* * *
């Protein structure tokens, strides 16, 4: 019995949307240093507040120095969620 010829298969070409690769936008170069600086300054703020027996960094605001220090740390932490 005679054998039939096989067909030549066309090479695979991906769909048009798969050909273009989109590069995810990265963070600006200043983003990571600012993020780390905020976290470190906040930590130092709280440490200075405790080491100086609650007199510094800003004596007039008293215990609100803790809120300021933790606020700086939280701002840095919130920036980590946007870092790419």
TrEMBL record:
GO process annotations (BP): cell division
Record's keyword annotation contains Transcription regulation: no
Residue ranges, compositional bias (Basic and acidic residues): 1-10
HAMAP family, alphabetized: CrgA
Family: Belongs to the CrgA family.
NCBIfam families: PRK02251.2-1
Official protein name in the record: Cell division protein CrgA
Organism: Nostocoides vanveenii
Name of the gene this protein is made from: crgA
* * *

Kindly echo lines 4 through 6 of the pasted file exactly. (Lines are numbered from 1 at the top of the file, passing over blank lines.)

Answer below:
Record's keyword annotation contains Transcription regulation: no
Residue ranges, compositional bias (Basic and acidic residues): 1-10
HAMAP family, alphabetized: CrgA